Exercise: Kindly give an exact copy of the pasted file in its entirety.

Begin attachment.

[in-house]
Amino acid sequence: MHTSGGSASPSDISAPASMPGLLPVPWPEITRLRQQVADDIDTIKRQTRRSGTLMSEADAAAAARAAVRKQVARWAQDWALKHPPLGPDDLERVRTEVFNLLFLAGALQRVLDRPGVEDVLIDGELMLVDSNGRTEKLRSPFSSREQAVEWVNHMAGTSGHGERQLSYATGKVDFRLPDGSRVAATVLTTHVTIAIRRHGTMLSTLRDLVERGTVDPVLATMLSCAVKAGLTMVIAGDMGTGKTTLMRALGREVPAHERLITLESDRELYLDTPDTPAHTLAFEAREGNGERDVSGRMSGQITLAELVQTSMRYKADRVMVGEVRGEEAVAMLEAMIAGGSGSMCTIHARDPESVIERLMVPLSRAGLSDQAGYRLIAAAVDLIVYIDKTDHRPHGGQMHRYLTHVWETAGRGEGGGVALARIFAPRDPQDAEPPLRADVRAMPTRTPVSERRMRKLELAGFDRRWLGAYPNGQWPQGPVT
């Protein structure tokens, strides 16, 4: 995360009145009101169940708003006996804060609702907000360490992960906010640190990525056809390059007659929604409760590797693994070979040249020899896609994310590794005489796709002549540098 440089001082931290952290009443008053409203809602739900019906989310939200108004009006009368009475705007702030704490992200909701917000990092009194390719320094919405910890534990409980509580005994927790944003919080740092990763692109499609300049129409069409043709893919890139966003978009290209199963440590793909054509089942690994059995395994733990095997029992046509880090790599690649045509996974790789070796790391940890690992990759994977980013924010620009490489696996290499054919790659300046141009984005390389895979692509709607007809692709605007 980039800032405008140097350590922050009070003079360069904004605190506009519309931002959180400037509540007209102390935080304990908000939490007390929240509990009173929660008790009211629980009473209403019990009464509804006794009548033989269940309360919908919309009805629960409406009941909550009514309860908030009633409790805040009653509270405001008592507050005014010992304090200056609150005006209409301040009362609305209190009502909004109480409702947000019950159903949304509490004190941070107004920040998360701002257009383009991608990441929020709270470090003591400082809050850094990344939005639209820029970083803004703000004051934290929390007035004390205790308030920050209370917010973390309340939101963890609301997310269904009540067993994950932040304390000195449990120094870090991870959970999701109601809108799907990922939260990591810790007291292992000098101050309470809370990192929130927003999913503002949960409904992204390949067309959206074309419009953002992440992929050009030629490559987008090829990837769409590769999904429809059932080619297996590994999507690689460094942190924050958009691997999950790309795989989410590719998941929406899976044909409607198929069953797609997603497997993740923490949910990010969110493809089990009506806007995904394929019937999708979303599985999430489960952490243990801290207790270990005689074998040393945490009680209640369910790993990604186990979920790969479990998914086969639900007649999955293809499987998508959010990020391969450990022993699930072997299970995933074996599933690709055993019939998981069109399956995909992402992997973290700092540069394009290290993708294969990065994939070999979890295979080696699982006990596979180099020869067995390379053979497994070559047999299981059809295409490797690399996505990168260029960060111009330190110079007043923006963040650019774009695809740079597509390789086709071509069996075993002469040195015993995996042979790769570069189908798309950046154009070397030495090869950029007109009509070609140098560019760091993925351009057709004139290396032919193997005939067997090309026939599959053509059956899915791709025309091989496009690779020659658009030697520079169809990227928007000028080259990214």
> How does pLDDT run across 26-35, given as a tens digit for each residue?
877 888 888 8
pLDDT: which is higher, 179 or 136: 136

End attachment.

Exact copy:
[in-house]
Amino acid sequence: MHTSGGSASPSDISAPASMPGLLPVPWPEITRLRQQVADDIDTIKRQTRRSGTLMSEADAAAAARAAVRKQVARWAQDWALKHPPLGPDDLERVRTEVFNLLFLAGALQRVLDRPGVEDVLIDGELMLVDSNGRTEKLRSPFSSREQAVEWVNHMAGTSGHGERQLSYATGKVDFRLPDGSRVAATVLTTHVTIAIRRHGTMLSTLRDLVERGTVDPVLATMLSCAVKAGLTMVIAGDMGTGKTTLMRALGREVPAHERLITLESDRELYLDTPDTPAHTLAFEAREGNGERDVSGRMSGQITLAELVQTSMRYKADRVMVGEVRGEEAVAMLEAMIAGGSGSMCTIHARDPESVIERLMVPLSRAGLSDQAGYRLIAAAVDLIVYIDKTDHRPHGGQMHRYLTHVWETAGRGEGGGVALARIFAPRDPQDAEPPLRADVRAMPTRTPVSERRMRKLELAGFDRRWLGAYPNGQWPQGPVT
């Protein structure tokens, strides 16, 4: 995360009145009101169940708003006996804060609702907000360490992960906010640190990525056809390059007659929604409760590797693994070979040249020899896609994310590794005489796709002549540098 440089001082931290952290009443008053409203809602739900019906989310939200108004009006009368009475705007702030704490992200909701917000990092009194390719320094919405910890534990409980509580005994927790944003919080740092990763692109499609300049129409069409043709893919890139966003978009290209199963440590793909054509089942690994059995395994733990095997029992046509880090790599690649045509996974790789070796790391940890690992990759994977980013924010620009490489696996290499054919790659300046141009984005390389895979692509709607007809692709605007 980039800032405008140097350590922050009070003079360069904004605190506009519309931002959180400037509540007209102390935080304990908000939490007390929240509990009173929660008790009211629980009473209403019990009464509804006794009548033989269940309360919908919309009805629960409406009941909550009514309860908030009633409790805040009653509270405001008592507050005014010992304090200056609150005006209409301040009362609305209190009502909004109480409702947000019950159903949304509490004190941070107004920040998360701002257009383009991608990441929020709270470090003591400082809050850094990344939005639209820029970083803004703000004051934290929390007035004390205790308030920050209370917010973390309340939101963890609301997310269904009540067993994950932040304390000195449990120094870090991870959970999701109601809108799907990922939260990591810790007291292992000098101050309470809370990192929130927003999913503002949960409904992204390949067309959206074309419009953002992440992929050009030629490559987008090829990837769409590769999904429809059932080619297996590994999507690689460094942190924050958009691997999950790309795989989410590719998941929406899976044909409607198929069953797609997603497997993740923490949910990010969110493809089990009506806007995904394929019937999708979303599985999430489960952490243990801290207790270990005689074998040393945490009680209640369910790993990604186990979920790969479990998914086969639900007649999955293809499987998508959010990020391969450990022993699930072997299970995933074996599933690709055993019939998981069109399956995909992402992997973290700092540069394009290290993708294969990065994939070999979890295979080696699982006990596979180099020869067995390379053979497994070559047999299981059809295409490797690399996505990168260029960060111009330190110079007043923006963040650019774009695809740079597509390789086709071509069996075993002469040195015993995996042979790769570069189908798309950046154009070397030495090869950029007109009509070609140098560019760091993925351009057709004139290396032919193997005939067997090309026939599959053509059956899915791709025309091989496009690779020659658009030697520079169809990227928007000028080259990214």
> How does pLDDT run across 26-35, given as a tens digit for each residue?
877 888 888 8
pLDDT: which is higher, 179 or 136: 136